1984. Resist ground etching and engraving on BFK Rives wove paper, 20 x 36 inches (501 x 913 mm), full margins. Signed, titled, dated and numbered 49/175 in pencil, lower margin. In excellent condition with minor mat tone. A luminous, rich, and well-inked impression of this haunting image, with astonishing detail and depth. Framed handsomely under museum grade glass with archival materials in a solid wood frame with silver finish.
Intended to be a stand alone image in its inception, Family Reunion ended up spawning seven additional images, and became a sort of Primo Pensiero in the sprawling, masterpiece suite now known as Interiors. The suite took eight years to complete, and consists of works of varying format, psychological intensity, and subject matter. The thematic darkness in the eight images waxes and wanes, and Milton intentionally included several interlude works to lighten the tension he felt while composing several of the darker images. The first two in the series, Family Reunion, and Hotel Paradise Café, were meant to be companion pieces. The equilibrium of each composition is anchored on a central brooding figure; a man (perhaps based on a Thomas Eakins portrait of the American anthropologist Frank Hamilton Cushing), and a woman, respectively, each of whom engage in direct eye contact with the viewer. Often dark in theme, the images in the series are rife with portraiture, including a small image of Eadweard Muybridge's 1885 photograph, "Paralytic child walking on all fours," which can be seen hanging on the wall in the far background behind the central figure in Family Reunion. The series also includes several portraits of the artist himself at various stages in his life. Milton expresses in his notes regarding the series that one such portrait is meant to represent a microcosm of the world, "grand, filled with distractions and histories, sinking."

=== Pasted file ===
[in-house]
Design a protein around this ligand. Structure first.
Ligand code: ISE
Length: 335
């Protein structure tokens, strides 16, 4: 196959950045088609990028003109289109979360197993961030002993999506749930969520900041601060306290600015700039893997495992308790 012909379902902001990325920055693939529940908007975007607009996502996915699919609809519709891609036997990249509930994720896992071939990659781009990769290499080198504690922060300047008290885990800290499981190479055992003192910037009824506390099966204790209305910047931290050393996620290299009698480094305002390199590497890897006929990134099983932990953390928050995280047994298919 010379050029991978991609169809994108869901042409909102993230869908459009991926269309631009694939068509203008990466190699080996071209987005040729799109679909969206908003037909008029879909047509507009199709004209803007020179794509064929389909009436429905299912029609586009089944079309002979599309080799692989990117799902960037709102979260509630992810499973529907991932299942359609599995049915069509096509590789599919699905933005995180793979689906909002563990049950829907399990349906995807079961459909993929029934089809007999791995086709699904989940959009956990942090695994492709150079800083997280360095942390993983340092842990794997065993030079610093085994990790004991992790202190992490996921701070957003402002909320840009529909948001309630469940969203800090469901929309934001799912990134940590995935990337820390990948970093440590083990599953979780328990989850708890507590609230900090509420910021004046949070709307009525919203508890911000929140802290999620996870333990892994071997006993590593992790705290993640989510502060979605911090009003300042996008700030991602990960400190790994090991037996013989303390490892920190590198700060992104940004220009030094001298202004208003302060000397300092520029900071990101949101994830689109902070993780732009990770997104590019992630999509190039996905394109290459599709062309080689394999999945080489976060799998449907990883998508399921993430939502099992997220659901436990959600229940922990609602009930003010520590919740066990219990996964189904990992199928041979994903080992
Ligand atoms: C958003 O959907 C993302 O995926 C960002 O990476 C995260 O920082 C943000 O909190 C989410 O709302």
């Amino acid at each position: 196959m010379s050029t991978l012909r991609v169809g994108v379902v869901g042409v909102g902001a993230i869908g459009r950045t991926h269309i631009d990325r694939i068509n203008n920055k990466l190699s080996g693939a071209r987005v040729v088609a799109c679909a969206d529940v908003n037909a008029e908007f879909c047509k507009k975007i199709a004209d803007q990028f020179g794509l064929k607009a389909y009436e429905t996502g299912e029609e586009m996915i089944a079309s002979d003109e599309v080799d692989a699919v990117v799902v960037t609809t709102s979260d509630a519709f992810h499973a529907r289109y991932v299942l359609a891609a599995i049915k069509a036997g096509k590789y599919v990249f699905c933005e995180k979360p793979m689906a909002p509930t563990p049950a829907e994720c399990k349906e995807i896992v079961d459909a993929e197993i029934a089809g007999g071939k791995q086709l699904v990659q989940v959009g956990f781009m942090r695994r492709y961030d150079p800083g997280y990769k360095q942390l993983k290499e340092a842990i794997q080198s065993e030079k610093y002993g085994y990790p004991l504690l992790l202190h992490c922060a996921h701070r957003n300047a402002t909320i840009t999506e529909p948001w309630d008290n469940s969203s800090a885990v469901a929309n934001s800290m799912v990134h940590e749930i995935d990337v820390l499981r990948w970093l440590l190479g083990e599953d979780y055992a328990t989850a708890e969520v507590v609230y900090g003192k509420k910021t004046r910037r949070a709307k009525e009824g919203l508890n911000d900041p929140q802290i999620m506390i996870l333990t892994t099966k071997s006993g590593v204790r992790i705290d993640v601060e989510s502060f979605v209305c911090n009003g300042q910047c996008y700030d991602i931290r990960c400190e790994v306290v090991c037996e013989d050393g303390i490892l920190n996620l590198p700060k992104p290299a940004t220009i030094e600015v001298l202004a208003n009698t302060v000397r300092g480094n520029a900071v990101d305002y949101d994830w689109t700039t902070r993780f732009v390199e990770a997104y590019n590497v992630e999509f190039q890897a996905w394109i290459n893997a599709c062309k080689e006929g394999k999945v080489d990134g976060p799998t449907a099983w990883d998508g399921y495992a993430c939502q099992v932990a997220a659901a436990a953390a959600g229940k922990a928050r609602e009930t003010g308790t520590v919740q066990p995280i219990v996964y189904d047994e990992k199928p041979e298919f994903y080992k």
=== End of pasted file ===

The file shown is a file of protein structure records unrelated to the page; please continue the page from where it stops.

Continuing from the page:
[Reference: Peter Milton, Complete Prints, Robert Fynn Johnson & Peter Milton, Chronicle Books, San Francisco, 1996, p.20].
Item number: 474